Is Colin Lambert’s apparent technological illiteracy merely an act to mask his true identity as the genius behind bitcoin? Galen Stops reports.
In the latest twist to an ongoing saga, market sources are now suggesting that Profit & Loss managing editor, Colin Lambert, is in fact, Satoshi Nakamoto, the elusive creator of the digital currency, bitcoin.
Nakamoto released the first version of the bitcoin software client in 2009, before fading from view and eventually disappearing with the enigmatic message that he or she had “moved onto other things”.
As more financial services firms look for ways to utilise blockchain technology within their infrastructures, Galen Stops examines whether the technology is really as safe as advocates claim, following two high-profile hacks earlier this year.
“Cyber and system security is one of the most important issues facing markets today in terms of integrity and financial stability,” said Commissioner Christopher Giancarlo of the Commodity Futures Trading Commission (CFTC) on September 8, when approving system safeguard requirements for derivatives clearing organisations.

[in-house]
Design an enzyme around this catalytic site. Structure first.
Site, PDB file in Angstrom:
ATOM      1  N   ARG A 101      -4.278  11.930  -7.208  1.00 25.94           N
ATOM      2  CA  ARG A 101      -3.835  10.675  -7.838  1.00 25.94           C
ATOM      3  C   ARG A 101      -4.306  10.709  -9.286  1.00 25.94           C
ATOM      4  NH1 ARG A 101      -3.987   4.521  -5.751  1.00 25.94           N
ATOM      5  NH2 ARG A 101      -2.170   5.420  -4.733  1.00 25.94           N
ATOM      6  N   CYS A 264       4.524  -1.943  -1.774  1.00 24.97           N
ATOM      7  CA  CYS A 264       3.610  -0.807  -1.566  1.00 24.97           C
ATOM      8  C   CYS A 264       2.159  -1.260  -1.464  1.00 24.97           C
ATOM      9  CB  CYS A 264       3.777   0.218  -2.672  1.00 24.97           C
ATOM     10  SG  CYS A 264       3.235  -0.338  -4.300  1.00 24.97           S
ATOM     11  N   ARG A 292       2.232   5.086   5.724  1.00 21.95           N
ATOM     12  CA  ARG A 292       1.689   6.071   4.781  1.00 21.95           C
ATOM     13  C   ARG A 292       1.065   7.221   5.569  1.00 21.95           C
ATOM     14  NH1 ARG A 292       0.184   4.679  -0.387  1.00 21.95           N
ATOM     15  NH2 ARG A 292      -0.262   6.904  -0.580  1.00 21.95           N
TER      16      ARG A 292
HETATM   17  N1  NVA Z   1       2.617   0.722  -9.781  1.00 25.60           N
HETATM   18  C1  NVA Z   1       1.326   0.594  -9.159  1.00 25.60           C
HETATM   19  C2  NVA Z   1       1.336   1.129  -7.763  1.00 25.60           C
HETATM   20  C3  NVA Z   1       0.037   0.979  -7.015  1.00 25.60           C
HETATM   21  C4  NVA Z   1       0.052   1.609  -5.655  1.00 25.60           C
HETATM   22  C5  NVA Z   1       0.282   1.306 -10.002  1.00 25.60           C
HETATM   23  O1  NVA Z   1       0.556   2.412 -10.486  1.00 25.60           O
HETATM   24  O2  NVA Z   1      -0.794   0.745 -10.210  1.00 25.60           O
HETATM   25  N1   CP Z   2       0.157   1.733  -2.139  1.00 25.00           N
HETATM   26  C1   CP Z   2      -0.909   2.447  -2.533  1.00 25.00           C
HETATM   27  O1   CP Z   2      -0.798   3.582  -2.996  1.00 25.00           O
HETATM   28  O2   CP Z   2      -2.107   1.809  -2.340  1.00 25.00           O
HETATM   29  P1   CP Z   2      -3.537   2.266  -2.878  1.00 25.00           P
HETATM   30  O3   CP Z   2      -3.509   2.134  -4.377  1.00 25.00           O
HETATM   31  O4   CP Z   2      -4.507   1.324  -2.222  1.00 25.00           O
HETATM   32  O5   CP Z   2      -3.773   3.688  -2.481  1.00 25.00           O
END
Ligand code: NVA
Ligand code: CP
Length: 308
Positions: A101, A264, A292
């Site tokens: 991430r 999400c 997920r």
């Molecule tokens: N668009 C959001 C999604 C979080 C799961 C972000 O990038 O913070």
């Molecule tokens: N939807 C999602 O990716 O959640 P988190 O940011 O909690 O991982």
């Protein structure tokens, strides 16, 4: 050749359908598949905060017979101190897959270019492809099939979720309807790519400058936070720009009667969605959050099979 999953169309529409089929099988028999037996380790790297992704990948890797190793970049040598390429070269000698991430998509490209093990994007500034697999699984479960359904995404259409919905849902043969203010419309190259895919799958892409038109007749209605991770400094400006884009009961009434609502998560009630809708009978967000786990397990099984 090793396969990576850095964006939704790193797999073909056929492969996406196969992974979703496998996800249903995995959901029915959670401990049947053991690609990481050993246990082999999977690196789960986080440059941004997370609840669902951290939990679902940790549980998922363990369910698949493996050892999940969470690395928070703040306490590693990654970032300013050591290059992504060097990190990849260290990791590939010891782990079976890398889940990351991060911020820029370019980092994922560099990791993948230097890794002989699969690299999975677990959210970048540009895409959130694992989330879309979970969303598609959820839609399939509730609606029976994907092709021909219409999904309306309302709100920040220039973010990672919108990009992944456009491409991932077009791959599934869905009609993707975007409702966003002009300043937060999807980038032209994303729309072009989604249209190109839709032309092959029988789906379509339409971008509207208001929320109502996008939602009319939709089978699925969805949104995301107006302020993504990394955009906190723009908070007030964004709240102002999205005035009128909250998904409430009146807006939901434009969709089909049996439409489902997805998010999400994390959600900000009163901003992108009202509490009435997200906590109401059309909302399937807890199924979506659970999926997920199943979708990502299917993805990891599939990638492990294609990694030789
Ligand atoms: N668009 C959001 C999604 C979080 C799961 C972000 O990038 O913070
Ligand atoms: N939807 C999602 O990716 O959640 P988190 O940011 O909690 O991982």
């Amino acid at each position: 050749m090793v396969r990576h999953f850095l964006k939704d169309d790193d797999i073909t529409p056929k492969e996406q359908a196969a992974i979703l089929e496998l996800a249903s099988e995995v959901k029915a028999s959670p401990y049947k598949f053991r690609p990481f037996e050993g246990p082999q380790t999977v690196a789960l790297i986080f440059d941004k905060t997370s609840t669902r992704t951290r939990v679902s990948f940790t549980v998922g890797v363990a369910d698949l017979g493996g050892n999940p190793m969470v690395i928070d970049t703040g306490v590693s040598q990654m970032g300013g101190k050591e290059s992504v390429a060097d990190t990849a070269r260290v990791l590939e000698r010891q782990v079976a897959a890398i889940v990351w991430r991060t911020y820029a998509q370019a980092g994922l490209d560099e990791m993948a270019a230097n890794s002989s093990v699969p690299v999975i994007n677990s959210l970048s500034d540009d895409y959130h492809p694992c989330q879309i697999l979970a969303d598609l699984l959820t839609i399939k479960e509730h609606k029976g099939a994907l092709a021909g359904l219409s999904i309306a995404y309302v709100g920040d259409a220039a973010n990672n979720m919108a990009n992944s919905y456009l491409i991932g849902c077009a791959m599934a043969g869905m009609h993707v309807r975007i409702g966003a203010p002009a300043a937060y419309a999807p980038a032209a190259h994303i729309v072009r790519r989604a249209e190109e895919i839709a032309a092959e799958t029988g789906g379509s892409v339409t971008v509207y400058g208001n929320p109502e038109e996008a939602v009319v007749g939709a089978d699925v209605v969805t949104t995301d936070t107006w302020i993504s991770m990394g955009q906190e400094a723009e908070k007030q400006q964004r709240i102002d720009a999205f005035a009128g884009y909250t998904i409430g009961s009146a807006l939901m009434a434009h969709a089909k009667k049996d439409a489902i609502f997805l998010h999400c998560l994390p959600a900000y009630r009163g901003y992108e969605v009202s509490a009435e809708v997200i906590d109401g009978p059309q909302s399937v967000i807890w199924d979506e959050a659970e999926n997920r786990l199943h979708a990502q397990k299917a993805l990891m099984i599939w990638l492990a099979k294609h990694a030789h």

Giancarlo is hardly alone in his concerns.
The Wall Street Blockchain Alliance (WSBA) has announced a new working group that will focus on native assets riding upon public blockchains, such as Bitcoin, Ethereum and Zcash.
The new Blockchain Assets Working Group will be chaired by Chris Burniske, blockchain products lead at ARK Investment Management (Ark), and will explore a number of facets of this emerging asset class, including underlying technologies, development teams, economics and market behaviour.
Explaining the focus of the new group, Burniske says: "Instead of focusing on how blockchain technology can be employed within existing financial architectures, this working group will return to the genesis of the blockchain movement that saw the need for native assets to keep decentralised and open systems in economic balance.